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Question: Where do you stand on the decision of Family Guy's writers to kill off Brian Griffin? When the Nov. 24 episode ended without him coming back to life, it hit me and many, many other viewers like a ton of bricks. I'd like to believe this isn't permanent, like the eventual retirement of Mrs. Krabappel ...
Who knew? Few could have foreseen the enduring success of Doctor Who given its inauspicious origins a half-century ago — a fascinating story of pluck, luck and imagination delightfully rendered in An Adventure in Space and Time, a new TV movie (Friday, 9/8c) airing as part of BBC America's 50th-anniversary Who celebration this weekend.
You don't have to be a Whovian to appreciate this jaunty re-creation of a simpler, scrappier time in TV history. A "year-ometer" (cute touch) dials back to 1963, when the staid BBC's brash new head of drama, Canadian showman Sydney Newman (a marvelously uncouth Brian Cox), greenlights a new sci-fi serial to appeal to kids and fickle sports fans. With a miniscule budget, an overheated "broom cupboard" of a studio and an edict of "no tin robots or BEM (bug-eyed monsters)," Newman appoints an unorthodox team to realize his vision: Verity Lambert (Call the Midwife's Jessica Raine), an ambitious pioneering female producer, and Waris Hussein (Sacha Dhawan), a novice Indian director.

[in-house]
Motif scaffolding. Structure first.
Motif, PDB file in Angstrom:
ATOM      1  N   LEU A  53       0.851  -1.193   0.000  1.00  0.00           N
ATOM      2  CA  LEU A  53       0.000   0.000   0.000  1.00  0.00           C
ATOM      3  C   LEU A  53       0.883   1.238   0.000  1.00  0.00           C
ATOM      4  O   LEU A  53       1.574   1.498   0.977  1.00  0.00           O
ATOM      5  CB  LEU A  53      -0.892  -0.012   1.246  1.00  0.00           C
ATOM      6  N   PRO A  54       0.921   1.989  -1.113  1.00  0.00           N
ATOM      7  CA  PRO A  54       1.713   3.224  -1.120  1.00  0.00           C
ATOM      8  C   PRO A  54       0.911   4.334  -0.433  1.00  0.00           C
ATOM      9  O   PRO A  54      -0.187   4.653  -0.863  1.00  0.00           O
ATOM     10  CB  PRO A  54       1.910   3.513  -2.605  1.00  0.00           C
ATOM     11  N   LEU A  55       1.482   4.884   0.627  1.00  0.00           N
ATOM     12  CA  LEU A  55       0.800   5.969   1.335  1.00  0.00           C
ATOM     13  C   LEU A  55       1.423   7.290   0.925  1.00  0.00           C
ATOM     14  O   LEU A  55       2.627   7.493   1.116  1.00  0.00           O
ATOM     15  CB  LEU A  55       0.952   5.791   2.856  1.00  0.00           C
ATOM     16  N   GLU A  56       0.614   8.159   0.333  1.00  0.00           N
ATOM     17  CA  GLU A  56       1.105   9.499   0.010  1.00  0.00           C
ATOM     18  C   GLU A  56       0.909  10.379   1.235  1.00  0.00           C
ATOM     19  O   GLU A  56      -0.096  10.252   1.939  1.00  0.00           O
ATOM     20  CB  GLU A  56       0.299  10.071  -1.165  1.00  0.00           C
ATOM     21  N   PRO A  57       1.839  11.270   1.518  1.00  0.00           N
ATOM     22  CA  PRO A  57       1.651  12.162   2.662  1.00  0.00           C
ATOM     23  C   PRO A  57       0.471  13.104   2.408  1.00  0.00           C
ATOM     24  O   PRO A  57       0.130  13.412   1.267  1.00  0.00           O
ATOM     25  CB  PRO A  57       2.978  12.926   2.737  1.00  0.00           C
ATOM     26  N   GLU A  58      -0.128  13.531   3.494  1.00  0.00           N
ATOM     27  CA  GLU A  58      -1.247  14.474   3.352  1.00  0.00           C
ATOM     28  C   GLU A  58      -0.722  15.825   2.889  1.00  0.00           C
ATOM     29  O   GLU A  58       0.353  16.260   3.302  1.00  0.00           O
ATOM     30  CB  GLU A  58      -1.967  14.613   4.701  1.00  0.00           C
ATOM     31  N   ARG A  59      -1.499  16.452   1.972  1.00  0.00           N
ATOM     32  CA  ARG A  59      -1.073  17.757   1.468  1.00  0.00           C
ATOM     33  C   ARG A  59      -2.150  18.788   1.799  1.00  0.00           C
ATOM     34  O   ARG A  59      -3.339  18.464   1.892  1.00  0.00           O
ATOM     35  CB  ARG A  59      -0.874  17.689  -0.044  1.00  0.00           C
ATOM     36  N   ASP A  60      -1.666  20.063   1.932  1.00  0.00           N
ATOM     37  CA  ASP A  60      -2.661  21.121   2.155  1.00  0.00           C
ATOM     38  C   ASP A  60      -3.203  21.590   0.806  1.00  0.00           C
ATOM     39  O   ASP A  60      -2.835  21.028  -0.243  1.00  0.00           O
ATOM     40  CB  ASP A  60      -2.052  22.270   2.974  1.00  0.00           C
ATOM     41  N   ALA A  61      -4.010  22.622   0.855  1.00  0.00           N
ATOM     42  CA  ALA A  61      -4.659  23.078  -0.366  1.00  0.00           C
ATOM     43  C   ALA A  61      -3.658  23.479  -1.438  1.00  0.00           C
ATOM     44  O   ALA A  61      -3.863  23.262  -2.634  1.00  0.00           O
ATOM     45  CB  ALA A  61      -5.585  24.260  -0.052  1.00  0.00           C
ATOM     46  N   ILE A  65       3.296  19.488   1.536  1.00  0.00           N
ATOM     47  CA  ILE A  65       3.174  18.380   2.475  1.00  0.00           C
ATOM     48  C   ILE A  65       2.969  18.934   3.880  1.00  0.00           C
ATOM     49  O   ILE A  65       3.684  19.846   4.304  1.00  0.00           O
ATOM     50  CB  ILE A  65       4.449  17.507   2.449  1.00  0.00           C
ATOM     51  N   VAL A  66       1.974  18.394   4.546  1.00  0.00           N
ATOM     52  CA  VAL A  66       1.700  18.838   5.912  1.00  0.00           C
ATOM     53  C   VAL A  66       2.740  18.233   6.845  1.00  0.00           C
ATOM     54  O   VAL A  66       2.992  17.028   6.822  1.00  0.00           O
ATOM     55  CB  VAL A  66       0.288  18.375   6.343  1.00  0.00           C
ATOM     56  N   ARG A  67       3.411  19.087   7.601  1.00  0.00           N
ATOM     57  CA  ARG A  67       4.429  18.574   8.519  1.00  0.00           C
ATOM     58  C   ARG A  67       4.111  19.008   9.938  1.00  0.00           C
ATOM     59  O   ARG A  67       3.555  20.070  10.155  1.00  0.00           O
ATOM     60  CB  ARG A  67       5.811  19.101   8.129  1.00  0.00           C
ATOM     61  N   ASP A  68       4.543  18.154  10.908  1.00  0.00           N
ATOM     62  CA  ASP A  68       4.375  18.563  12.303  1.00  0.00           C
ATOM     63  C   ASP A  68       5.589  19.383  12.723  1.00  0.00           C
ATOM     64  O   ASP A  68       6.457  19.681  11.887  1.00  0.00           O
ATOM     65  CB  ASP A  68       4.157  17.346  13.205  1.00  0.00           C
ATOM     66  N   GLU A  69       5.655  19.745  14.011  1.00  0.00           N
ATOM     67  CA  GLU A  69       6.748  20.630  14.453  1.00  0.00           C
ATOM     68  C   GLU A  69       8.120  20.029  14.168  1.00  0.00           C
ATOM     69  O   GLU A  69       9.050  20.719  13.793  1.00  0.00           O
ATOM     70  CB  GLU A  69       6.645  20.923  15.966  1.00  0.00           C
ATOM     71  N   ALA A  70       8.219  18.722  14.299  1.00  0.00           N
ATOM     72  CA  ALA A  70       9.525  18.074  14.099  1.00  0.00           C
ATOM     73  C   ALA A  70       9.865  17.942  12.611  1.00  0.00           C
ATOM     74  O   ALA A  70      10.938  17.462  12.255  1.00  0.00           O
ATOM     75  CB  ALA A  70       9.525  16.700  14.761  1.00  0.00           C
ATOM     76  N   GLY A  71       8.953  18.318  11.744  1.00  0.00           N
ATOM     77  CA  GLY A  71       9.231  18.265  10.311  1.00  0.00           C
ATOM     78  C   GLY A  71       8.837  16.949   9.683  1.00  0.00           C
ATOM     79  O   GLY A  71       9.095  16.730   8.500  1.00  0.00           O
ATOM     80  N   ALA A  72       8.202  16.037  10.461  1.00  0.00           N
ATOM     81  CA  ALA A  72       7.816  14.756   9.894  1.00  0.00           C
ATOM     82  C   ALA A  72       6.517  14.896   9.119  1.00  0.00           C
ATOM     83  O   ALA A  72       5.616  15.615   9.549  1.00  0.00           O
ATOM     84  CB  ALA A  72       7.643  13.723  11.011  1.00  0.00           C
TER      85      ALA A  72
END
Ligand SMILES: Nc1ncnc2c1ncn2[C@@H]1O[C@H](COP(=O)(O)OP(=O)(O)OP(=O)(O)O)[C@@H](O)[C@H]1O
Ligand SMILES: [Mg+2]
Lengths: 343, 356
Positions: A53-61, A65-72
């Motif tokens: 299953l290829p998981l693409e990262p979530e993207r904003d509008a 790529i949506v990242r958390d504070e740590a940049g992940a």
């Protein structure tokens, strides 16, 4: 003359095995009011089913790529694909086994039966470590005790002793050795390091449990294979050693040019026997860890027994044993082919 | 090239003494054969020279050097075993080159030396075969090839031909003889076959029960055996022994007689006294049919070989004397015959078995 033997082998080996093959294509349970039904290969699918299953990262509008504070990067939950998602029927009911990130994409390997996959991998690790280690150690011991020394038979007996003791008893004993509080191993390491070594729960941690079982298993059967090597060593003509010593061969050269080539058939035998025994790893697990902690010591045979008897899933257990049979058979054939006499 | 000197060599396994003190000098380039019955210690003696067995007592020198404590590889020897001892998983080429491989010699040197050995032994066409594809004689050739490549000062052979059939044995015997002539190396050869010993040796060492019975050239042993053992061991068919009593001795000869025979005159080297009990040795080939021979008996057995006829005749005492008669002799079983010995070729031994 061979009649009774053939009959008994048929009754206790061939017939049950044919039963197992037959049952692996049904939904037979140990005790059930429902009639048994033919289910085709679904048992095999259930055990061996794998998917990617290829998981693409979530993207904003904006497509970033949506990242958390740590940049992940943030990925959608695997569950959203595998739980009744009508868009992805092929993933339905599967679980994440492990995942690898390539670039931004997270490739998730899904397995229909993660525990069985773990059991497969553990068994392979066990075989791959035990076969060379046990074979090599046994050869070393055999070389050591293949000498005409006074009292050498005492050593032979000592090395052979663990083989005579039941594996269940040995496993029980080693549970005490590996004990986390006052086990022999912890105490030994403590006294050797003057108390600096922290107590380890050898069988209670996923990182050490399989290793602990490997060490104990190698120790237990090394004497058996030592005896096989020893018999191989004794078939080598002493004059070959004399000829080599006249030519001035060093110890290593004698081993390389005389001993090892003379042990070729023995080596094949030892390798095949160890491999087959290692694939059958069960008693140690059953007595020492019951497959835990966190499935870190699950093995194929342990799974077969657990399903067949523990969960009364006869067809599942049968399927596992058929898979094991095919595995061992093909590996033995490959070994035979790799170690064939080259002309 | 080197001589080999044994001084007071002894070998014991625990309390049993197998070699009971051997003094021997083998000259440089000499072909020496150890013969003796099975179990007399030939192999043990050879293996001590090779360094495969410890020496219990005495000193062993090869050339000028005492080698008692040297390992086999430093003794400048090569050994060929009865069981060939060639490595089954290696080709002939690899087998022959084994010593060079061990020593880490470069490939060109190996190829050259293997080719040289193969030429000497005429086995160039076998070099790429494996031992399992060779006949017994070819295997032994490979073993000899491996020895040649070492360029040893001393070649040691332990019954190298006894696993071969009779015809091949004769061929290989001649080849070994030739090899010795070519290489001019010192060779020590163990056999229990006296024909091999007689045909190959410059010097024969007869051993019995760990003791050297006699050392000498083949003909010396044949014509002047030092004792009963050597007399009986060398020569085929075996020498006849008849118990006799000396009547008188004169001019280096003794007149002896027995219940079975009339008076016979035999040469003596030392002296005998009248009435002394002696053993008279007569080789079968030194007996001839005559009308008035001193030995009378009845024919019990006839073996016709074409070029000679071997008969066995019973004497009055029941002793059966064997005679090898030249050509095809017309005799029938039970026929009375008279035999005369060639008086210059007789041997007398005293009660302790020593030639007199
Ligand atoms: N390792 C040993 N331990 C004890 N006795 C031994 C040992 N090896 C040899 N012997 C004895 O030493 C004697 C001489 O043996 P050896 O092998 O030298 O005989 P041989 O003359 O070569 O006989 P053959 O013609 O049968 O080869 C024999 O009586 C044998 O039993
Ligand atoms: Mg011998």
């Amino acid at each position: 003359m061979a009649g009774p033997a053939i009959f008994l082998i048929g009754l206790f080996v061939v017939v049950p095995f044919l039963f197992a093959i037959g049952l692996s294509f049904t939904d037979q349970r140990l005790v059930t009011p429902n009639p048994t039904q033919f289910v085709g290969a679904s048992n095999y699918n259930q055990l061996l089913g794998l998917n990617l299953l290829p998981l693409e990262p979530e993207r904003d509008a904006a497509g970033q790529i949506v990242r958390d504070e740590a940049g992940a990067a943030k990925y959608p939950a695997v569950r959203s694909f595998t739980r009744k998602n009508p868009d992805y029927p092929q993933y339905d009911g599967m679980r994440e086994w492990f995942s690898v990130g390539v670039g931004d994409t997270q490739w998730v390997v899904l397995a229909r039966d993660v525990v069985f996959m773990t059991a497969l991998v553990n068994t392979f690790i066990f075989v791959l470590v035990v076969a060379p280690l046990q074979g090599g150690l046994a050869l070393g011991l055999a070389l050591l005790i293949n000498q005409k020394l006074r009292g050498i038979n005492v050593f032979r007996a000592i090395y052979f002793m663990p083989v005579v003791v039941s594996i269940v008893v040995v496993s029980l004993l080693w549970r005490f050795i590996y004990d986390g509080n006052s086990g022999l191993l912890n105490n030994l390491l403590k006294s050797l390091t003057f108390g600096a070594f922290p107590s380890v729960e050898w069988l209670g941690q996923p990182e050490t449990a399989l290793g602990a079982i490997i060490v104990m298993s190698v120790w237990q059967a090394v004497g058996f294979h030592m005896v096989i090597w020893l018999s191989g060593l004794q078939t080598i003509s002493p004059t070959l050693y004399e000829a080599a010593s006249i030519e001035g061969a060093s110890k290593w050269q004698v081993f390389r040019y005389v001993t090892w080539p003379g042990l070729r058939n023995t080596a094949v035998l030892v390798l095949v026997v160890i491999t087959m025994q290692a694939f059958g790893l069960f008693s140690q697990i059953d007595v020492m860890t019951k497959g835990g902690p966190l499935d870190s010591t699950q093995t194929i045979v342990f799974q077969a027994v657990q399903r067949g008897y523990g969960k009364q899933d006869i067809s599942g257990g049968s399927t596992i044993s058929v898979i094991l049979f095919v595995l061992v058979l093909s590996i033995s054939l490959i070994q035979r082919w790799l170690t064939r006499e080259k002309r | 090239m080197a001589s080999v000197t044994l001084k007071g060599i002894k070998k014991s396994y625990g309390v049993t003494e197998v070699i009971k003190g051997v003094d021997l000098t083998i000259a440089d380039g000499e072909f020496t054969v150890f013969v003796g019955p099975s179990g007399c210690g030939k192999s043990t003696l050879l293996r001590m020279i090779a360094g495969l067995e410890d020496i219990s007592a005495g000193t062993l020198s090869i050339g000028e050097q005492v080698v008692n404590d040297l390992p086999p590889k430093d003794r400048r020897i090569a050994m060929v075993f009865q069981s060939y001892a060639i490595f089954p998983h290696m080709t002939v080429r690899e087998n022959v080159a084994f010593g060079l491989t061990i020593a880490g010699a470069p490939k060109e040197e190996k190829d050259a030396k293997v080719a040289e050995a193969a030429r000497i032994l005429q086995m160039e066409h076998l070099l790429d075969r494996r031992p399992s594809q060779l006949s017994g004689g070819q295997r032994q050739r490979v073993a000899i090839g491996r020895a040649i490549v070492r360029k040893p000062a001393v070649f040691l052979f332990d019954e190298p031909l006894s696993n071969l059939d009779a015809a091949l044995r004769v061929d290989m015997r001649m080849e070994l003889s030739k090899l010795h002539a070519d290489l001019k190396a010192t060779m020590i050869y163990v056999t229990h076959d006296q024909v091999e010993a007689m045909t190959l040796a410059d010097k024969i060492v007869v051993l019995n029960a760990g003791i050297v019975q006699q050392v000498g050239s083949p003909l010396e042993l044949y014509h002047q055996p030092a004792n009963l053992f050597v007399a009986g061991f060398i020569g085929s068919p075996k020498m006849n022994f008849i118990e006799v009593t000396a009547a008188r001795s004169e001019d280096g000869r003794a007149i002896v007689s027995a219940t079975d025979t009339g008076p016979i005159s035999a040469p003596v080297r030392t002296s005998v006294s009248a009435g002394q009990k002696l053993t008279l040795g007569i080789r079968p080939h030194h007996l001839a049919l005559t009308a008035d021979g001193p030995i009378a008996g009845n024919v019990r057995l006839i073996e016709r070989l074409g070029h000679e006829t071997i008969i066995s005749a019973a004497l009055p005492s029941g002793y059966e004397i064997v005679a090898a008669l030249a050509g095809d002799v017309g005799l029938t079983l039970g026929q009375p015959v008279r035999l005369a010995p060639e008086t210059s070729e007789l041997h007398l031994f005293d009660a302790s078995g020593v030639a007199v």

Who knows child stars better than two child talent agents?
Mother of All Talent stars Nikki Galarza and Lorrie Tierney (who also happen to be mother and daughter) share their unique perspectives with TVGuide.comabout some of our favorite child stars — where they succeeded, where they went wrong and on the parents pulling the strings.
CBS's Hawaii Five-0 serves up a treat on its Nov. 22 Thanksgiving episode when Steve McGarrett's loopy Aunt Deb — played by comedy legend Carol Burnett — lands on the island.
"Deb at one time had been a singer, but she gave up any hopes of a...
Carol Burnett was awarded the Mark Twain Prize for American Humor, the country's top humor honor, over the weekend.
"This is very encouraging," Burnett said in her acceptance speech, The Associated Press reports. "It was a long time in coming, but I understand because there are so many people funnier than I am, especially here in Washington. With any luck, they'll soon get voted out, and I'll still have the Mark Twain prize."